Robotic Process Automation helps sales operations, customer service, and big data offer broadest possibilities for pilot tests and early wins.
RPA has revolutionized the way companies operate, manage data, and serve customers. A survey conducted by Redwood Software reported 83% of IT decision-makers believe robotic automation is key to their company’s digital transformation strategy. Companies are investing heavily to automate repetitive tasks, indicating 59% of business processes being automated by 2022. RPA experts highlight that automation is likely to have a positive effect on the labor force and, more generally, the operational structure and the skills utilized.
With RPA playing a critical role in the digitalization process, it is vital that CIOs carefully consider how to incorporate automation into their strategy. Here are three crucial areas worth exploring to develop the company’s RPA journey.
Boosting Sales operations
‘Sales’ is the undisputed hero of any company’s operation and growth, irrespective of size or industry. RPA is capable of transforming and driving a host of sales centered activities, including invoice preparation, data replication, and delivery, with consistent updates of customer relationship management (CRM). Using automation tools for sales processes can be a boost for the process. For example, consider CRM and accounting records. Software robots handle these operational activities much faster and smoother with fewer errors. They can accurately include discounts received, purchased items, quantity, and total expenditure, by automating the transfer of data between systems. This will have desirable effects, such as earlier payments and greater clarity for customers. Consequently, cash flow and customer satisfaction will improve.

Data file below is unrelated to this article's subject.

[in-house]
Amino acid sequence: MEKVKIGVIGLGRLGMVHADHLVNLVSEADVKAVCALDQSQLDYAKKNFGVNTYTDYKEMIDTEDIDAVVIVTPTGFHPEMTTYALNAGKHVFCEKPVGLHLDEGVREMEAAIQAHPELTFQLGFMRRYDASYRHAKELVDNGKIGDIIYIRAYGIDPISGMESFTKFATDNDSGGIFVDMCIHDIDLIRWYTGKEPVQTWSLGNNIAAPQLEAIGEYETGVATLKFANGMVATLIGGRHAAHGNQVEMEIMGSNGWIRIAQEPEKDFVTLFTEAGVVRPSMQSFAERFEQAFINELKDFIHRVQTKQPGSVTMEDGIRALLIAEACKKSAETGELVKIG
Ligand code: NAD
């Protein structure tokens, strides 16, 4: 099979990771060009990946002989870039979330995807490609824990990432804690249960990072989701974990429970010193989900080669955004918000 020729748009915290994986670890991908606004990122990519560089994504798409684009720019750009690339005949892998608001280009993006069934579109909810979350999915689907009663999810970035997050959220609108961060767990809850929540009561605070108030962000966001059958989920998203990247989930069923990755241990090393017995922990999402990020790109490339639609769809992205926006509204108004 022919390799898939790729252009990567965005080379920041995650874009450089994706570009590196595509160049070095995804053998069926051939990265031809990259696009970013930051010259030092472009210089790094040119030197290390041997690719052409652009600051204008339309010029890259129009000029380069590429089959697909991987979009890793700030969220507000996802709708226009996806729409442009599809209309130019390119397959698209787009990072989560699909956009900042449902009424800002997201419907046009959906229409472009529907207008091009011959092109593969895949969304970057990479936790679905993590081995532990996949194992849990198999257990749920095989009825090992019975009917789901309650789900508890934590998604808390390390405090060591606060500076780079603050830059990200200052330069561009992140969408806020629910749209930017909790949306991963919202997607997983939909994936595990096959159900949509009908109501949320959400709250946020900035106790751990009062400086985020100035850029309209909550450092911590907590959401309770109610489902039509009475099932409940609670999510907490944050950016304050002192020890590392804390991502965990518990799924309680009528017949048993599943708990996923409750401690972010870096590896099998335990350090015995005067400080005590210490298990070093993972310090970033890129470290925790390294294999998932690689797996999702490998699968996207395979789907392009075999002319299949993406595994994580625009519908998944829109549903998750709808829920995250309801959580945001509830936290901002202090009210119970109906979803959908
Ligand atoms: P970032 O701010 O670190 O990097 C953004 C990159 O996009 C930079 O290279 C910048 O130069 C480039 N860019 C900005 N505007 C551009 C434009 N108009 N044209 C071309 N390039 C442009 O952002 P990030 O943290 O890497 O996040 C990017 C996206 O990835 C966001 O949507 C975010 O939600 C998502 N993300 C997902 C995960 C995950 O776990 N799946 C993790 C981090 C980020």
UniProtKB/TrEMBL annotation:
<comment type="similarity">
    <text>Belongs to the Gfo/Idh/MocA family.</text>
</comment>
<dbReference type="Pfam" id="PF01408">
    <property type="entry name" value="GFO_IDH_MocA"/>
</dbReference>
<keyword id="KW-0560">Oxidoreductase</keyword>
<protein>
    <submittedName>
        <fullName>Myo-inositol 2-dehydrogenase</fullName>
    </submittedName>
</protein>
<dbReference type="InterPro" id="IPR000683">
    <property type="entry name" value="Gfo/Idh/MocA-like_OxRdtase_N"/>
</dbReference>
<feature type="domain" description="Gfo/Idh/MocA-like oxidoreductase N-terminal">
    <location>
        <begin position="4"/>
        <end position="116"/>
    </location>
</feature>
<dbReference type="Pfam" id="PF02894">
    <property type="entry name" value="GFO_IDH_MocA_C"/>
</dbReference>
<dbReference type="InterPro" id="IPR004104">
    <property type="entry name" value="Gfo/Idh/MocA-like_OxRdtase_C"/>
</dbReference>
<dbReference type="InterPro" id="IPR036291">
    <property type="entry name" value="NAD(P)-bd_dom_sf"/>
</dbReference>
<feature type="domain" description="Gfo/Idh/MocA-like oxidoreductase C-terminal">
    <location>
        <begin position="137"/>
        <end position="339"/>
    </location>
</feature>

CIOs should ask these questions before incorporating RPA into portions of the sales process:
- Which processes have the potential to generate the most revenue post automation?
- Is it compliant with security systems?
- Does it integrate with the current CRM systems in place?
Helping Customer service operations
Perhaps the biggest misconception of RPA is the notion that will replace humans. In fact, RPA extends the capabilities of human workers. Mitigating this fear factor is not easy, as CIOs face the enormous challenge to advocate RPA to the workforce. Assisting customer service operations is the key to demonstrate the benefits of a human-automation partnership.
Customer service is one of the most complicated yet pivotal activities in a company, which is enhanced with the human-robot collaboration. Simple, high-frequency tasks, repetitive, such as updating and recording customer profiles, can be automated. For example, virtual agents take profile data from customers during bill payments, directing them to the designated person to handle the request with automatic triaging. This will reduce customer-waiting time, giving employees spare time to utilize their emotive communication skills. In addition, firms are looking forward to expanding front-end automation to enhance customer communication triggering a notification when it is time to follow up.
When considering implementing RPA, CIOs need to be sure to determine:
- Where can it best improve customer engagement?
- How to get your employees on board?
- How can it collect customer data?
Data manipulation and management
The most powerful capabilities of RPA are the ability to harness and organize vast compilations of unstructured data.
Data manipulation can be monotonous and arduous for some employees. The good thing about RPA is that it has zero emotions or no specific interests, leaving no scope for data manipulation.
In today’s digital era, the CIOs must analyze how to extract knowledge from the data continuously collected. RPA can smartly explain product performance journeys to comprehend which is performing best at a particular time of the year. Leveraging big data analytics through proper RPA installations helps pinpoint actionable tasks for improvement and optimization, exposing hidden patterns and deficiencies.
When considering RPA and big data challenges, CIOs must comprehend:
- How quickly can RPA be incorporated in the system to manage big data?
- How can we big data analytics help win the competition?
- What are the consumer trends displayed by structured data?
Choosing the right RPA use case
The functions listed above indeed do not encompass RPA’s entire application areas; the software has much broader prospects. However, whether the company is just embarking on the RPA journey or already reaping the rewards of automation, the three areas of customer service, sales operations, and data analysis offer abundant opportunities for pilot tests and early efforts.